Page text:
There’s a lot of talk in parenting circles about how you shouldn’t bribe your kids to do the stuff you want/need them to do. Some people swear that if you potty train your kid with m&ms you’re a big ol’ screw up and your child will never learn to potty without the promise of a sweet reward.
I’d like to take a minute to retrain your thought process on bribes. Because really, you’re not exactly bribing your child when you do stuff like this.
You’re incentivizing. (Maybe a made-up word. Just go with it.)
Understanding the difference between a bribe and an incentive is all about understanding some basic psychology.
Psychology tells us that negative reinforcement is when we reinforce negative behavior. That is, we make the thing we don’t want to happen happen more frequently because we give in. (Say it with me: Negative reinforcement is NOT punishment.) Positive reinforcement, therefore, is when we reinforce positive behavior and encourage it to happen more often.
Example: You’re in Target. Your kid is weeping, wailing, and gnashing his teeth and people are looking at you all judge-y like. You buy or give the kid a pack of Goldfish, or a small toy, or a cookie, just to stop the tantrum.
This is bribery. That’s negative reinforcement.
You’re essentially paying your kid off to make you look good in public like some kind of corrupt politician. (I feel like “corrupt politician” is maybe redundant sometimes, don’t you? Anyway, I digress.)
Eventually, your child will do this often enough so that you never take him/her in public again (child wins) or you always buy him/her something just so the child will stop screaming (child wins again).
An alternate scene looks like this: “Hey, kid, if you’re good and you don’t throw a fit and make people look at me weird, you can have some Goldfish when we leave.”
This is incentivizing. That’s positive reinforcement.
Expecting children to go into a store and never throw a fit because they just shouldn’t do that because I said so is maybe insane of us.
It’s true positive reinforcement when you don’t have a prearranged “if you’re good, then…” deal set up, but I think for the purposes of altering behavior, it’s a good idea to let the child know what you expect before you expect it and to offer an incentive for meeting that expectation. You have to model and teach the behavior you want to receive before you can receive it.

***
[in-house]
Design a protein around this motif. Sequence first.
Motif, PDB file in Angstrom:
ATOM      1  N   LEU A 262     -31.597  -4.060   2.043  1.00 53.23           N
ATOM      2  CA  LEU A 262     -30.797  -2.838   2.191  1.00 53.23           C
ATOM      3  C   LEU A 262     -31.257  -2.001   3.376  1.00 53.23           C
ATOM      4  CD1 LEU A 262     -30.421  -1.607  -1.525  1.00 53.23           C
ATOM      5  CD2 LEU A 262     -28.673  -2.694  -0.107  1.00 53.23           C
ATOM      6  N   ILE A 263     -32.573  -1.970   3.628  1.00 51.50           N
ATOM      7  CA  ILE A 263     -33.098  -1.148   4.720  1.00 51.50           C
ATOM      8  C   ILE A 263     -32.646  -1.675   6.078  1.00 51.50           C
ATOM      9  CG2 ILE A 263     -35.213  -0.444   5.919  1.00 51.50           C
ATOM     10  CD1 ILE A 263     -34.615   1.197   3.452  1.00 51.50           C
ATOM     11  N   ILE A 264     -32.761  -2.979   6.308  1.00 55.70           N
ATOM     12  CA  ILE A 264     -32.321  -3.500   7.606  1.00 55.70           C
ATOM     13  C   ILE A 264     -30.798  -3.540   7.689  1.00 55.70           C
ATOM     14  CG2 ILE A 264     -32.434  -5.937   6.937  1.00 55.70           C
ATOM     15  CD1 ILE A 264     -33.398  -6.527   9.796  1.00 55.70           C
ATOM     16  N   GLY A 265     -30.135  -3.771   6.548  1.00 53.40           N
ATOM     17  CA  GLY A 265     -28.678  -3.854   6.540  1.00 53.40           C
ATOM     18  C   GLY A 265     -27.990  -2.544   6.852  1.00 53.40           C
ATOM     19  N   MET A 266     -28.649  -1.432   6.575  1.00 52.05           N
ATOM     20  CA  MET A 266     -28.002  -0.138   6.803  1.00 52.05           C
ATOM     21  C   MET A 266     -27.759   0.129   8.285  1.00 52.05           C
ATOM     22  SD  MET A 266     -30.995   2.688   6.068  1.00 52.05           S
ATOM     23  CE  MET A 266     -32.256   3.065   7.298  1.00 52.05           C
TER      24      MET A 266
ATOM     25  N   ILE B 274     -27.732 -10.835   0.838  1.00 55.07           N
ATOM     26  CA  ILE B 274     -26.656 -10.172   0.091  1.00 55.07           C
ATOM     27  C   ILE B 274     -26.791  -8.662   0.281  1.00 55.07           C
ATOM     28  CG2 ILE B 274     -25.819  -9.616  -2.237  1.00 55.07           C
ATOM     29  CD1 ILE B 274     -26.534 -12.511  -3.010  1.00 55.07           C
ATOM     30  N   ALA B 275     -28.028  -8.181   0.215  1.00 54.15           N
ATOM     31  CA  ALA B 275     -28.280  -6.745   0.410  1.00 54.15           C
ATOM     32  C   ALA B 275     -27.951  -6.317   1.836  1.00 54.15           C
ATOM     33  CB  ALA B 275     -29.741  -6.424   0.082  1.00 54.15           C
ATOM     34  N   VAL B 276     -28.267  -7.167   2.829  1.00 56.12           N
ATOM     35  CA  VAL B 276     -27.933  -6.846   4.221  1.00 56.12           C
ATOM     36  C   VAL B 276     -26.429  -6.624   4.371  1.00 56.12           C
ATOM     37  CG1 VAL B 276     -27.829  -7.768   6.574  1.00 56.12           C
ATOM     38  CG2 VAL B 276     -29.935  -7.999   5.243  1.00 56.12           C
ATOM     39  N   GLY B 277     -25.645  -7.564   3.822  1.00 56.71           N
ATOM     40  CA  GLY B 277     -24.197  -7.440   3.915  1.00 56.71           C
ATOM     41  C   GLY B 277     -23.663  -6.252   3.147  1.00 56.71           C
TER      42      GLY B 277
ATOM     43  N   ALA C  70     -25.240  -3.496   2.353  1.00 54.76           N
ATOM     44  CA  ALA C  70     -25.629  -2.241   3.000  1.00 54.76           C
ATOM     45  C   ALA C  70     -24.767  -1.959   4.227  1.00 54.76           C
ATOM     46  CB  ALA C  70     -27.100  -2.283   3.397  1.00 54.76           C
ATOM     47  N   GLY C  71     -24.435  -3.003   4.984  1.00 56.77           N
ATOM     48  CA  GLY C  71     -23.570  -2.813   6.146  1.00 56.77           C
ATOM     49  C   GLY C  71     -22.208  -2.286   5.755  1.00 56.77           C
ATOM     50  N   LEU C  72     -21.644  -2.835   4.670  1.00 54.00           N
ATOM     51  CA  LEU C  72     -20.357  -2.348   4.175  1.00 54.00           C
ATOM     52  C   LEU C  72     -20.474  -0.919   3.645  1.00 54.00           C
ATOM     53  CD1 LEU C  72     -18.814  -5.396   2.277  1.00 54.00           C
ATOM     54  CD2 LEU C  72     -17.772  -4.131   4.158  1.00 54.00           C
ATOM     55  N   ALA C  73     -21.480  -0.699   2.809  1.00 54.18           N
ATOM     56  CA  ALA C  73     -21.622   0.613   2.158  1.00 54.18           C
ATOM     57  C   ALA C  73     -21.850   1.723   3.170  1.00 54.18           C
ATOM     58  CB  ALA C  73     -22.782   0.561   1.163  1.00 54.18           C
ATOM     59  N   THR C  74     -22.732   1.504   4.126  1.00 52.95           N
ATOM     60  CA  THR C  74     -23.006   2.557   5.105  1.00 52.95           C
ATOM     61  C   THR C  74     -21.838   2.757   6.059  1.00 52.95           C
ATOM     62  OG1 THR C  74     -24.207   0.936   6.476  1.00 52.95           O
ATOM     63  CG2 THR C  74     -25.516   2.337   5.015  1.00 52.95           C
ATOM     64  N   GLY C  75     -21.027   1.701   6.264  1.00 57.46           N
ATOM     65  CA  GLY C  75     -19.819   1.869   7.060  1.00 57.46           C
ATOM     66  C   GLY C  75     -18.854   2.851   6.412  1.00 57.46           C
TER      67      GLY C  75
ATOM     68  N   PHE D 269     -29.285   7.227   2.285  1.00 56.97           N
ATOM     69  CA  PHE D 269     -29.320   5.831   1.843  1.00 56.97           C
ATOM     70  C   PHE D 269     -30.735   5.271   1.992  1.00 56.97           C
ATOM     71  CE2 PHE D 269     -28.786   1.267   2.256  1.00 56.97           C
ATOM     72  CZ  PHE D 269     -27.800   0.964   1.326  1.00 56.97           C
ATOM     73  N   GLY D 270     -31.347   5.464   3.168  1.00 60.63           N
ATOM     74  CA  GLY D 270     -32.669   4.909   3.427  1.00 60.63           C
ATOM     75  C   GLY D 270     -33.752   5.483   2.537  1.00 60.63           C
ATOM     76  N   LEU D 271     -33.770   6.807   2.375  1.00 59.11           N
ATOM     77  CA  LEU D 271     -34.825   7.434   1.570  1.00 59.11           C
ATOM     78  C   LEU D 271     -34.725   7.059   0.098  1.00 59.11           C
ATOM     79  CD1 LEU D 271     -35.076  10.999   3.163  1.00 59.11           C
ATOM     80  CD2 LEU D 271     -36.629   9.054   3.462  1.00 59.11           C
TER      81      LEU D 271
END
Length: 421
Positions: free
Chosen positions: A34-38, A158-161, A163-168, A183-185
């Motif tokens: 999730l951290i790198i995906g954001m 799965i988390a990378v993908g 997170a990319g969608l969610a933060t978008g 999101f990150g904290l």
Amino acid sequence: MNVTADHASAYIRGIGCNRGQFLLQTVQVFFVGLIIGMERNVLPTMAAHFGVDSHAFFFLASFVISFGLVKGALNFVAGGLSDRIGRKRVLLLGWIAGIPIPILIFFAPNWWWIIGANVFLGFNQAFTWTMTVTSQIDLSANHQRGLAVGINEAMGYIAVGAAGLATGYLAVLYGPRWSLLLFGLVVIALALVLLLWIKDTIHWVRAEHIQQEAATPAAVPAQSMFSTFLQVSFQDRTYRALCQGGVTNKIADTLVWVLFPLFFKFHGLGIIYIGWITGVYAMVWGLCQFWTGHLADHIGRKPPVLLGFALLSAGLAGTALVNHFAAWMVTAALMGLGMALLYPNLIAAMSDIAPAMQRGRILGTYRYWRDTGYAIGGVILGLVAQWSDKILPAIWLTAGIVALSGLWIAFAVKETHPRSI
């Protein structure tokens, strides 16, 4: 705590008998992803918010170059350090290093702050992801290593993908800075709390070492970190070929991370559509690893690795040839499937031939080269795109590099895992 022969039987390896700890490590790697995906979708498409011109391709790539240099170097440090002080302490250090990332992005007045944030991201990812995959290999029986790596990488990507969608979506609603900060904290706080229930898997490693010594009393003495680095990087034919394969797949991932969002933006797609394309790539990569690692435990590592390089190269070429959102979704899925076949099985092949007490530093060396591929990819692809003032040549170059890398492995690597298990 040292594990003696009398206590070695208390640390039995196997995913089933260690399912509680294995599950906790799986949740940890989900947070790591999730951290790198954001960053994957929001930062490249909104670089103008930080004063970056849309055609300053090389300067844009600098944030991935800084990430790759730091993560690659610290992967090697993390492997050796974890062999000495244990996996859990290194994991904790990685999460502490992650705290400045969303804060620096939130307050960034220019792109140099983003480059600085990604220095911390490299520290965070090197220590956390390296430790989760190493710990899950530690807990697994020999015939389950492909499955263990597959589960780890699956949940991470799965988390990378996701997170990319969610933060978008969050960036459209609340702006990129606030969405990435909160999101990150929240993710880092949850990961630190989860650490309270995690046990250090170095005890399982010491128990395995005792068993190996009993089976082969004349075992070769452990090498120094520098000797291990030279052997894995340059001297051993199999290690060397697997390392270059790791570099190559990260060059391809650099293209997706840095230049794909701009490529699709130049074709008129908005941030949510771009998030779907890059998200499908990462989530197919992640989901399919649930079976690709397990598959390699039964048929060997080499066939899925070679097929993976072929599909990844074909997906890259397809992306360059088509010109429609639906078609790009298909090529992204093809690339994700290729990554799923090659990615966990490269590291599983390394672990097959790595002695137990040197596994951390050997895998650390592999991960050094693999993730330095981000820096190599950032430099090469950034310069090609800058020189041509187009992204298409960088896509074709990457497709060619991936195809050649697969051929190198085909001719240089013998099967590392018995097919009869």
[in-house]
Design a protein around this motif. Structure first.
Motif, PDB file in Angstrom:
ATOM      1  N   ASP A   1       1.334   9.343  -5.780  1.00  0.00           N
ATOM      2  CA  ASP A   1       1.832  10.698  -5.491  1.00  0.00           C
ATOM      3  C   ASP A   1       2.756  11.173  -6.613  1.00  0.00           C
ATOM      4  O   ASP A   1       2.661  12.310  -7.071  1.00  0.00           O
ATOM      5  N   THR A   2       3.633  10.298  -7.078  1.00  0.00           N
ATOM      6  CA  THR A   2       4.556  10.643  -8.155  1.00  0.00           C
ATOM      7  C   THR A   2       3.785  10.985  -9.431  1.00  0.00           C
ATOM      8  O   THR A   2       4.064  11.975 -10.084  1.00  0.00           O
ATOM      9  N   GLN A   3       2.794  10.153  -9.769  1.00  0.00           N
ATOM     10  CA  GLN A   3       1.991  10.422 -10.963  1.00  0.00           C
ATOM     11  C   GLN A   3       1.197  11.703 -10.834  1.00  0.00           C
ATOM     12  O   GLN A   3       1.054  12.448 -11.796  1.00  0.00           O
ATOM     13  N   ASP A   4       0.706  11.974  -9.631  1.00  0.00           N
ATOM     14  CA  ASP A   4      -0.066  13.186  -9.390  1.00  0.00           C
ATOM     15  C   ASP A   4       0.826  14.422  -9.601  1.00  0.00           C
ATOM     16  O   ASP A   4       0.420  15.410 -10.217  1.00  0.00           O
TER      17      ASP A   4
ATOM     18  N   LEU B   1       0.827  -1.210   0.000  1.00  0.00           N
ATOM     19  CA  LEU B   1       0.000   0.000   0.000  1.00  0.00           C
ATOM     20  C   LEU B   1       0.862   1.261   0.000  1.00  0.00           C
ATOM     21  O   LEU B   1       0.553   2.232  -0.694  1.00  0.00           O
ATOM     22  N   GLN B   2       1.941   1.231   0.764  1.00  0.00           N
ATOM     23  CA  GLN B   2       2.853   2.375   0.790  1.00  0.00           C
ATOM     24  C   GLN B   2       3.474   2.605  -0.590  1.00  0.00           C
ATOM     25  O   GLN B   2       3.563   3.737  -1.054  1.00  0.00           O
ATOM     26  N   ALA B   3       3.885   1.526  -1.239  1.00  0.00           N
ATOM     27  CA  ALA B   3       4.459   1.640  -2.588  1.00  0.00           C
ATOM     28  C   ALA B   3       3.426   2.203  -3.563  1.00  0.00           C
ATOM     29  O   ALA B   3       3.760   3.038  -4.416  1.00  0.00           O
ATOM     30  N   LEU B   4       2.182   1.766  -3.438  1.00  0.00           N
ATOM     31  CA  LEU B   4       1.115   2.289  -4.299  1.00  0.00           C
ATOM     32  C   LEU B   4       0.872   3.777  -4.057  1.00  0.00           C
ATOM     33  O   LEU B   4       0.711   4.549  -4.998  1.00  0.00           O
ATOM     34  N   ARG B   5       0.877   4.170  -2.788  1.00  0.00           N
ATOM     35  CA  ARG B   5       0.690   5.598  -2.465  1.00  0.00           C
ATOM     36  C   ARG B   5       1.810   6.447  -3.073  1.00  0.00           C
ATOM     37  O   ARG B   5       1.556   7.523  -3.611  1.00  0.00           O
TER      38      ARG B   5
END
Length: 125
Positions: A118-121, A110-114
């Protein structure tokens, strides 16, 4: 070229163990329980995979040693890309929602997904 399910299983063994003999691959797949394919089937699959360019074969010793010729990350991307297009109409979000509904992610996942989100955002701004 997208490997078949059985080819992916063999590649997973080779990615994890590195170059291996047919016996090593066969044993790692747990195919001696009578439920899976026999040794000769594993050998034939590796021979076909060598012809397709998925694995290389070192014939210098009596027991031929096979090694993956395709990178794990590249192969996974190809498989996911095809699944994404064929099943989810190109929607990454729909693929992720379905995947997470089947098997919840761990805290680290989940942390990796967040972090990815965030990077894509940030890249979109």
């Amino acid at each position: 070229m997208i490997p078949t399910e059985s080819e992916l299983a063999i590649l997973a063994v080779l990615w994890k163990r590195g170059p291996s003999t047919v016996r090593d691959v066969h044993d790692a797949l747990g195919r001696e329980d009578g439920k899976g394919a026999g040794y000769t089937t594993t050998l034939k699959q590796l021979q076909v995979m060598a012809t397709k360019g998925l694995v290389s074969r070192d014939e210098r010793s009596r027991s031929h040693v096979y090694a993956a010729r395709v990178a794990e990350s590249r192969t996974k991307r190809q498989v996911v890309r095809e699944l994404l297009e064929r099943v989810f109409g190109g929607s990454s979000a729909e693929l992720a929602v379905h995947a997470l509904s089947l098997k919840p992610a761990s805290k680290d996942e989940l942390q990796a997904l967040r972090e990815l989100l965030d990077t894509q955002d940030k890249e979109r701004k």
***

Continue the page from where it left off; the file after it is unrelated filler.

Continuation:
Two sentence summary?
They’re kids. Teach them how you want them to behave instead of just expecting that they will behave that way.
I believe that offering incentives for good behavior is better than beating the snot out of your kid for “acting up” or never leaving your house. Or creating entitled brats because you bought them a crapton of junk just to make them shut up.
And I know I’m not alone.
If you teach your child the way you want him/her to behave by offering a reward for the good behavior, you have leverage. If the child doesn’t behave? The child doesn’t get whatever the previously agreed upon reward may be. So next time, the child will either behave and get the reward, or not behave and well, not get the reward.
“But Miranda,” you say, “I shouldn’t have to pay my child.”
Incentivizing doesn’t last forever. Eventually, you pull back on the frequency and excitement of the incentives being offered. And the type of incentive varies based on the child.
Some kids are praise-seekers and will work incredibly hard to hear “I’m so proud of you!” Others crave tangibles, and tangible incentives are anything that your child will work hard enough to earn.
Stickers. A special treat like a popsicle. A half-hour television show he wouldn’t ordinarily get to watch. An extra book at bedtime. A trip to the playground. Playing with a special toy (like Play-doh. ugh.).
All of these are incentives I’ve used to get Joshua to do what I need/want him to do. Like take a nap. Or eat his lunch. Or get into the bath tub. Or put on his pajamas.
And sometimes he chooses to forgo the incentive in favor of NOT doing what I want him to do. Like take a nap. And that’s frustrating in a lot of ways.
The thing I love about incentives is that they mold behavior without harsh punishment.
Don’t get me wrong. We have our fair share of time-outs and tantrums. And Joshua can push buttons with the best of them.
But life is more pleasant when he wins a little and I win a lot.